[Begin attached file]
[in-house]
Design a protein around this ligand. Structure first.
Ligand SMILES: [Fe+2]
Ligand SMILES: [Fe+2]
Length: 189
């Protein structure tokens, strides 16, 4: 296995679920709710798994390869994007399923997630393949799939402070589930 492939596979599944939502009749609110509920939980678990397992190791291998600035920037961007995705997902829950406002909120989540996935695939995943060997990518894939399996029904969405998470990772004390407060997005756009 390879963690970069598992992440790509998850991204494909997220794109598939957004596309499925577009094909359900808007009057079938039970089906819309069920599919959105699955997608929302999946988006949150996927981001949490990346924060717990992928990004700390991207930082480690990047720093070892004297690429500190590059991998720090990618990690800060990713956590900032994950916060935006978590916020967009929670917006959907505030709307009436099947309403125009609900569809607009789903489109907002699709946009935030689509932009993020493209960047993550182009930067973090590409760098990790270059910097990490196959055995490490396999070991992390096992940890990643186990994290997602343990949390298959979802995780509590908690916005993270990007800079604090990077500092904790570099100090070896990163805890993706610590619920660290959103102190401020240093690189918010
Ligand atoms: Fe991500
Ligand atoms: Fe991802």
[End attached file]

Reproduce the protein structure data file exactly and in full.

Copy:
[in-house]
Design a protein around this ligand. Structure first.
Ligand SMILES: [Fe+2]
Ligand SMILES: [Fe+2]
Length: 189
């Protein structure tokens, strides 16, 4: 296995679920709710798994390869994007399923997630393949799939402070589930 492939596979599944939502009749609110509920939980678990397992190791291998600035920037961007995705997902829950406002909120989540996935695939995943060997990518894939399996029904969405998470990772004390407060997005756009 390879963690970069598992992440790509998850991204494909997220794109598939957004596309499925577009094909359900808007009057079938039970089906819309069920599919959105699955997608929302999946988006949150996927981001949490990346924060717990992928990004700390991207930082480690990047720093070892004297690429500190590059991998720090990618990690800060990713956590900032994950916060935006978590916020967009929670917006959907505030709307009436099947309403125009609900569809607009789903489109907002699709946009935030689509932009993020493209960047993550182009930067973090590409760098990790270059910097990490196959055995490490396999070991992390096992940890990643186990994290997602343990949390298959979802995780509590908690916005993270990007800079604090990077500092904790570099100090070896990163805890993706610590619920660290959103102190401020240093690189918010
Ligand atoms: Fe991500
Ligand atoms: Fe991802």